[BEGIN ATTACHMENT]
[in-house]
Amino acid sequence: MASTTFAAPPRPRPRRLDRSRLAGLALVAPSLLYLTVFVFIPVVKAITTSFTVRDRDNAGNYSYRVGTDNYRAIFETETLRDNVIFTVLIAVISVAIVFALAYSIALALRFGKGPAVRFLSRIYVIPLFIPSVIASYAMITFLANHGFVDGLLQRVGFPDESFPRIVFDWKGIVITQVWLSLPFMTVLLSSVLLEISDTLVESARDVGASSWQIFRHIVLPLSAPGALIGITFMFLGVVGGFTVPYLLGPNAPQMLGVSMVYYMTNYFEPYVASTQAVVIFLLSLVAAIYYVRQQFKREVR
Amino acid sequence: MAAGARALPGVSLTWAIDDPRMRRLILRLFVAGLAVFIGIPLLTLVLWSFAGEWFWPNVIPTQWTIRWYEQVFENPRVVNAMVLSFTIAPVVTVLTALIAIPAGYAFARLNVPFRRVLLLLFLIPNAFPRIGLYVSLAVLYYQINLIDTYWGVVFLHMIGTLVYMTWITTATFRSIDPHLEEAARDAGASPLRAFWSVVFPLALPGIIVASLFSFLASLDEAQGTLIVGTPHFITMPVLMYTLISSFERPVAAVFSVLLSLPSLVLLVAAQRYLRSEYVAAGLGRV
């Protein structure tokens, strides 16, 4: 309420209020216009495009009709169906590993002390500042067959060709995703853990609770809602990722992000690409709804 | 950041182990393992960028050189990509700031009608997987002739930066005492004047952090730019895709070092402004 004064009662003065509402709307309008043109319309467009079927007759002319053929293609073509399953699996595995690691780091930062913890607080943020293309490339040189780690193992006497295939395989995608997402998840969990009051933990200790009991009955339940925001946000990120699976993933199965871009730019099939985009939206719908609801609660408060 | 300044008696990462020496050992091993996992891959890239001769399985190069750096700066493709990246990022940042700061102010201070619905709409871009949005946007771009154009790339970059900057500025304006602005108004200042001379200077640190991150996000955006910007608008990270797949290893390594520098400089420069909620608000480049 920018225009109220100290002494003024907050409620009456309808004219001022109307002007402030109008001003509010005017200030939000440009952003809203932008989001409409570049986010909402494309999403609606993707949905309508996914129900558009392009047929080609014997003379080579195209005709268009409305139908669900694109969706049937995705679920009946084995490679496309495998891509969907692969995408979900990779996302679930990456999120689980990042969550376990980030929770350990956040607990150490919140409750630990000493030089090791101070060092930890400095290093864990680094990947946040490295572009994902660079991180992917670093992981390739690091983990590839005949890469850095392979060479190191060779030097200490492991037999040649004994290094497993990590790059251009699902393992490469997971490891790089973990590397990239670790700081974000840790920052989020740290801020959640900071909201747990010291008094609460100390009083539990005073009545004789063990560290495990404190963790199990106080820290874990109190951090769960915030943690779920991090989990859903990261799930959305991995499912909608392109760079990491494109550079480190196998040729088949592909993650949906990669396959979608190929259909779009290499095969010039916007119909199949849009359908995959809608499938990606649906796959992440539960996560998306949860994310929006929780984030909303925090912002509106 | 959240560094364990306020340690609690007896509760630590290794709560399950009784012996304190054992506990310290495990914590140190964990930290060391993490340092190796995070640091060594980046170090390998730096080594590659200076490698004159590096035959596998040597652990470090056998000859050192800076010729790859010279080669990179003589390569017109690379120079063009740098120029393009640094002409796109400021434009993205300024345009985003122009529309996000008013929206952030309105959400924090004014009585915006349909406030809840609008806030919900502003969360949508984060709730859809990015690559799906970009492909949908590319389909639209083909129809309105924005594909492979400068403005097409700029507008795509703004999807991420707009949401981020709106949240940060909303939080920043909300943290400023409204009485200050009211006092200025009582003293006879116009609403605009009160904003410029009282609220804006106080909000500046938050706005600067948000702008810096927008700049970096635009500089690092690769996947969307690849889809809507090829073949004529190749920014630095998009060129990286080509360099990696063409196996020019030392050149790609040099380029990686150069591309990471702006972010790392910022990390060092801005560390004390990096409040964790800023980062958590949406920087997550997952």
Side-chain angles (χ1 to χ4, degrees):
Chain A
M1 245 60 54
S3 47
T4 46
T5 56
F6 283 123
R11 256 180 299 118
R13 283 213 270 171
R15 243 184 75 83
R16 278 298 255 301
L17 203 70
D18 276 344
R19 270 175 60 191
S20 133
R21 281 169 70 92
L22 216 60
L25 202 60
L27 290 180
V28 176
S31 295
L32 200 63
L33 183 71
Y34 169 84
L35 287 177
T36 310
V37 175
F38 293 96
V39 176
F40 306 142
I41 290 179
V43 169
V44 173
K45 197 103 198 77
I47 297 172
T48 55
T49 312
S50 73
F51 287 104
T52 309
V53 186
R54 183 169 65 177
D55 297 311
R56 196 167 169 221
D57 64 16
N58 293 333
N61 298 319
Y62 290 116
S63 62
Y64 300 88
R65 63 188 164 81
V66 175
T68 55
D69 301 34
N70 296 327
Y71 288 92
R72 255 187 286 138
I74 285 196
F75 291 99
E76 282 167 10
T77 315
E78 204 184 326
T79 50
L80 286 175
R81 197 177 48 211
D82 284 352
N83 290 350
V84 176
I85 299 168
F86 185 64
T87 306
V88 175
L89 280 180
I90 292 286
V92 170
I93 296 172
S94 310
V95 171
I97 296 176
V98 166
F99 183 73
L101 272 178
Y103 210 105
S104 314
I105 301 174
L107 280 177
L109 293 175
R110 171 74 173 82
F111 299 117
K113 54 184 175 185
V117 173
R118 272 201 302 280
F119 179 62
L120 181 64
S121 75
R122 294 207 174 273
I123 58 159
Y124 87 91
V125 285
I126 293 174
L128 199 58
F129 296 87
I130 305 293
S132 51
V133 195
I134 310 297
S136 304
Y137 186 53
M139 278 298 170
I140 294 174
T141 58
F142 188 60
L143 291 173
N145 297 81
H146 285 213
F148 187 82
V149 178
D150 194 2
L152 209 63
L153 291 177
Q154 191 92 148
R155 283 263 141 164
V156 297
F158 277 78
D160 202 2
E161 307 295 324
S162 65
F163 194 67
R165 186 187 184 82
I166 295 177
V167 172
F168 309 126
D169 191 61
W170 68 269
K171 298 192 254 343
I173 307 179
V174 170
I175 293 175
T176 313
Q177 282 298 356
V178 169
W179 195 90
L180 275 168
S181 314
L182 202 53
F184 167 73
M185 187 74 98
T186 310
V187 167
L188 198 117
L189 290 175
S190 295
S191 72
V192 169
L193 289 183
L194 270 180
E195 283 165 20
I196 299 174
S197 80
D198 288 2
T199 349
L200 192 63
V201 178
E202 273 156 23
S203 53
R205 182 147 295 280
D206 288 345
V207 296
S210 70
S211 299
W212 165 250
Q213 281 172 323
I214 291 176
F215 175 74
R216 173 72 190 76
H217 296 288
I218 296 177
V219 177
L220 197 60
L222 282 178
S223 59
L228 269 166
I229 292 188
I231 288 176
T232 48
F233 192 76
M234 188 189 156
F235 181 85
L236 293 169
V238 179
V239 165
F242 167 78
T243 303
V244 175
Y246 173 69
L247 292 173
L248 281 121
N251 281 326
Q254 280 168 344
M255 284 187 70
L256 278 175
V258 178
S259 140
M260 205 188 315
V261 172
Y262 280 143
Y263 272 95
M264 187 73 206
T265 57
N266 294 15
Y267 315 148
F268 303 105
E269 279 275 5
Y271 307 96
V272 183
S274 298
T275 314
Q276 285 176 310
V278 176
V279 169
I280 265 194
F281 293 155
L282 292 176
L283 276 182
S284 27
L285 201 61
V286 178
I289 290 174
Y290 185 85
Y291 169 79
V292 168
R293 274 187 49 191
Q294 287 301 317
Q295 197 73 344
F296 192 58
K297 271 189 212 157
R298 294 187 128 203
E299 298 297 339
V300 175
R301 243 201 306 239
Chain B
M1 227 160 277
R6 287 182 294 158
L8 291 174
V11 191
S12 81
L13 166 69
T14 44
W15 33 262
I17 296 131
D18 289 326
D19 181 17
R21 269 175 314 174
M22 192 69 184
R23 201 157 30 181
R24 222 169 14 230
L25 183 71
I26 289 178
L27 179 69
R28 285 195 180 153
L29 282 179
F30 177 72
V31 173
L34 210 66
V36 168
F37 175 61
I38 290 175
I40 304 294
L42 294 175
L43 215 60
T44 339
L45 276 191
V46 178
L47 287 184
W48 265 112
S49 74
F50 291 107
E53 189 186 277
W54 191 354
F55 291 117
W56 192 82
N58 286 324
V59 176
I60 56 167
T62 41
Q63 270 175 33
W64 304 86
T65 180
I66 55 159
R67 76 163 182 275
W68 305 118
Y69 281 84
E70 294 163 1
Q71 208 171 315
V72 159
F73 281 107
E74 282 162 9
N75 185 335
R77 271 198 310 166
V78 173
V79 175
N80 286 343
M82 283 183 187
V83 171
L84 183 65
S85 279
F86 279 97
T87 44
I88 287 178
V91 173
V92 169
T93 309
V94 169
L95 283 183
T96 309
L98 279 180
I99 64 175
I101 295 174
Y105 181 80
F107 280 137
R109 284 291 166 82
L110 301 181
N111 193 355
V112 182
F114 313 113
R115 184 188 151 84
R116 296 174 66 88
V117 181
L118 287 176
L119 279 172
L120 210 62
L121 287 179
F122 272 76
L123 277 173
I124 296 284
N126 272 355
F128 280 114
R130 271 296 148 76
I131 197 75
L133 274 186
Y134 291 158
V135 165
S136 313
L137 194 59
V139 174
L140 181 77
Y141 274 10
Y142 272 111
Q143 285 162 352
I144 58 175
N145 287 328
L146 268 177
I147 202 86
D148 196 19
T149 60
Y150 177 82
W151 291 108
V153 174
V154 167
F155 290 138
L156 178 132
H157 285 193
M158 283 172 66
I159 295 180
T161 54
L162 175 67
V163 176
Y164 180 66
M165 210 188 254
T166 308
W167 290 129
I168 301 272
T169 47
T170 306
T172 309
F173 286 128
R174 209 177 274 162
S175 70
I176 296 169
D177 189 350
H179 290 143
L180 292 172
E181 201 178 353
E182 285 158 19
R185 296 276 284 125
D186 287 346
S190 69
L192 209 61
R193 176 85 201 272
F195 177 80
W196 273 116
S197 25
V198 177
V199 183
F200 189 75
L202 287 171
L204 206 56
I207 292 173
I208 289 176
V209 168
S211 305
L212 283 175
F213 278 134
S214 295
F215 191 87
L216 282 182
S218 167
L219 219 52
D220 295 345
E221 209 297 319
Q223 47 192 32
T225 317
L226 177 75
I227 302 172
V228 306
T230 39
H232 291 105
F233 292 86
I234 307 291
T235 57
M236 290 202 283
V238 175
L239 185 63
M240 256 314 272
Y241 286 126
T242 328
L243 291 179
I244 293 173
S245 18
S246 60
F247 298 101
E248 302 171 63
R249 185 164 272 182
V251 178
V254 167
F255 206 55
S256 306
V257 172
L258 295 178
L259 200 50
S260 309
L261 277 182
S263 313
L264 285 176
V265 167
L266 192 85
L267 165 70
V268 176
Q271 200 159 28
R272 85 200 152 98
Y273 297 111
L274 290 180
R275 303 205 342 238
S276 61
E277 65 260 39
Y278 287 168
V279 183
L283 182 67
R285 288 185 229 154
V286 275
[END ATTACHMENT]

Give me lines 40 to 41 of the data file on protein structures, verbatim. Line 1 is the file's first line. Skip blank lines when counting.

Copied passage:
T48 55
T49 312